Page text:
The suspects, all Turks, reportedly fled the country after the attacks, which targeted two synagogues in near-simultaneous bombings Nov. 15 and the British consulate and a British bank in twin attacks five days later. A total of 61 people were killed.
Citing a statement from paramilitary police, Anatolia said the suspects included Hilmi Tuglaoglu (search), a close associate of Azat Ekinci, a central suspect in the blasts.
News reports have named Ekinci as a key accomplice in the synagogue bombings, saying he used fake identities and cash to buy pickup trucks that were packed with explosives. The reports said Ekinci had traveled to Iran, received military and explosives training in Pakistan between 1997-99 and fought in Chechnya.
The suspects were being questioned, the statement added. There were no details about Tuglaoglu's alleged involvement, though police said his wife was also brought from Syria.
The report came amid signs of progress in the investigation.
A Turkish court on Saturday charged a key suspect captured last week with trying to overthrow Turkey's "constitutional order" -- a crime equivalent to treason. The first major suspect to be charged in the attacks, he is accused of having given the order to carry out the truck bombing of the Beth Israel synagogue.
Police identified him by his initials, Y.P., but nearly all major Turkish newspapers said he was Yusuf Polat. The daily Radikal said he was born in 1974 in Turkey's southeastern province of Malatya.
The daily Milliyet and other newspapers reported Sunday that Polat and others confessed to belonging to a 10-man cell that was an extension of the Al Qaeda terror network. Police also had evidence that the attackers received support domestically and from abroad, Milliyet reported.
Newspapers reported that members of the cell, including several of the homicide bombers, had met while training in Afghanistan, and that Polat fought in Afghanistan.
Istanbul Gov. Muammer Guler did not directly address the news reports but said there were "resemblances to an Al Qaeda link" in the attacks.
"However, we have to obtain all the official evidence, all the links, all the clues. It wouldn't be right to talk about the links without all the official evidence," Guler said.
He added there was no evidence yet linking the attacks to the militant Turkish Islamic group, Hezbollah, which is not linked to the Lebanese group of the same name.
Police refused to comment on the reports. They said only that Y.P. was arrested Tuesday at an Iranian border crossing in eastern Agri province, and that he had gone to the Beth Israel synagogue before the attack and ordered its start.
Turkey has long accused Iran's government of fueling radical Islam in Turkey and has alleged that members of an Islamic radical group suspected in a series of killings trained in Iran and received support from its government.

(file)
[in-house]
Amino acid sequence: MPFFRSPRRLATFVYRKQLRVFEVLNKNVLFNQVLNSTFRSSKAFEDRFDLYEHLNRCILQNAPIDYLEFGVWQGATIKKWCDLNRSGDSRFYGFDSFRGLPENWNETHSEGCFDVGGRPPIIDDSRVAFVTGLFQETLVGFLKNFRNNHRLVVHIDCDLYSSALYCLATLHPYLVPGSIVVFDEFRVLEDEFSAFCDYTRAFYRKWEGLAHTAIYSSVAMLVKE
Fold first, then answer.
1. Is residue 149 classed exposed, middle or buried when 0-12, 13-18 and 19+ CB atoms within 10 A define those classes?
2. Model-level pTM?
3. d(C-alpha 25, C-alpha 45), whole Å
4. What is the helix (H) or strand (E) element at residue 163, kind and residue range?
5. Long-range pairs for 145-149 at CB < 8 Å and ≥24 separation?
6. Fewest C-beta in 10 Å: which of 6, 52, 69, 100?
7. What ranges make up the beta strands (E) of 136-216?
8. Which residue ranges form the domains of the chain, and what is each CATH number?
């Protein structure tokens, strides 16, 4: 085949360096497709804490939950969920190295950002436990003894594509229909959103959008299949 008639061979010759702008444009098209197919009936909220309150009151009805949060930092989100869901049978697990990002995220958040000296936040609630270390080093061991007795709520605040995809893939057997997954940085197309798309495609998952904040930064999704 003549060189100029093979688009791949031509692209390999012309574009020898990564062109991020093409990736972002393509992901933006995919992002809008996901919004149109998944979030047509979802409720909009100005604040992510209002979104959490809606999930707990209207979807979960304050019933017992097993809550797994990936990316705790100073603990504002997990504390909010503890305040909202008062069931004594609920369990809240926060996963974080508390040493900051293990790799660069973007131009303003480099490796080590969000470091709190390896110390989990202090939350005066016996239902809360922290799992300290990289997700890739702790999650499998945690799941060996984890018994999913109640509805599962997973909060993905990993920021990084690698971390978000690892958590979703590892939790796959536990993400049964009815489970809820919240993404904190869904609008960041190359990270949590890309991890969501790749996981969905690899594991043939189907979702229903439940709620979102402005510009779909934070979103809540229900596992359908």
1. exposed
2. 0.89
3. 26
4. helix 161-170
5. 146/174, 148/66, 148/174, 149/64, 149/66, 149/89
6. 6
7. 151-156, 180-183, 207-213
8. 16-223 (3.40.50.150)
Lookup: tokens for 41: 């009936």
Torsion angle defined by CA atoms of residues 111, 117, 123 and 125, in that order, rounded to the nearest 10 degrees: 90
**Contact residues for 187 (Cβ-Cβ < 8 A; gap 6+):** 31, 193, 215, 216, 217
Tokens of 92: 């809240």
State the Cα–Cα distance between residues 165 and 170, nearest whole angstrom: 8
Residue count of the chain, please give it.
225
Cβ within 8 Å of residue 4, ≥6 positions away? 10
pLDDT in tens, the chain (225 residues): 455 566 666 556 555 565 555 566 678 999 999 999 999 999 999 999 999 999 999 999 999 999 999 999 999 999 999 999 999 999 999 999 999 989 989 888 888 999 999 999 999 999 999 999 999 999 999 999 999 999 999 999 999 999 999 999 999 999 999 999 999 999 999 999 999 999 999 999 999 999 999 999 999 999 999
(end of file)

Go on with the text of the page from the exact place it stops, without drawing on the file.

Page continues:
The daily Hurriyet said Y.P. was tracked down through his cell phone records after allegedly calling a homicide bomber minutes before the attack. The Anatolia news agency reported Sunday that materials used to make bombs were found in a house in Istanbul that he used.
Authorities have charged another 20 people in connection with the blasts, but for lesser roles. All the homicide bombers were Turks.
Guler announced Sunday that the attack against the HSBC bank's Istanbul headquarters was carried out by Ilyas Kuncak, born in 1956 in the capital Ankara. Anatolia had earlier named the bomber as Mevlut Ugur and newspapers previously named two other suspected militants.
He also confirmed that Feridun Ugurlu carried out the attack against the British consulate. Ugurlu is believed to have fought with Islamic radicals in Afghanistan and Chechnya and his role had widely been reported by Turkish newspapers.
Police have been focusing on Turkish fighters who battled in Chechnya, Afghanistan or Bosnia in the investigation.
Western and Turkish officials say the homicide attacks bore the hallmarks of Usama bin Laden's Al Qaeda and there have been at least three claims of responsibility claiming to be from the terror network. However, Turkish officials have said it was too early to say for sure that Al Qaeda was behind the attacks.
American counterterrorism officials said last month that several senior Al Qaeda operatives who fled to Iran after the U.S.-led war in Afghanistan ousted the Taliban may have developed a relationship with a secretive military unit linked to Iran's religious hard-liners.
Iran has said it has some Al Qaeda operatives in custody but has refused to identify them or provide other details.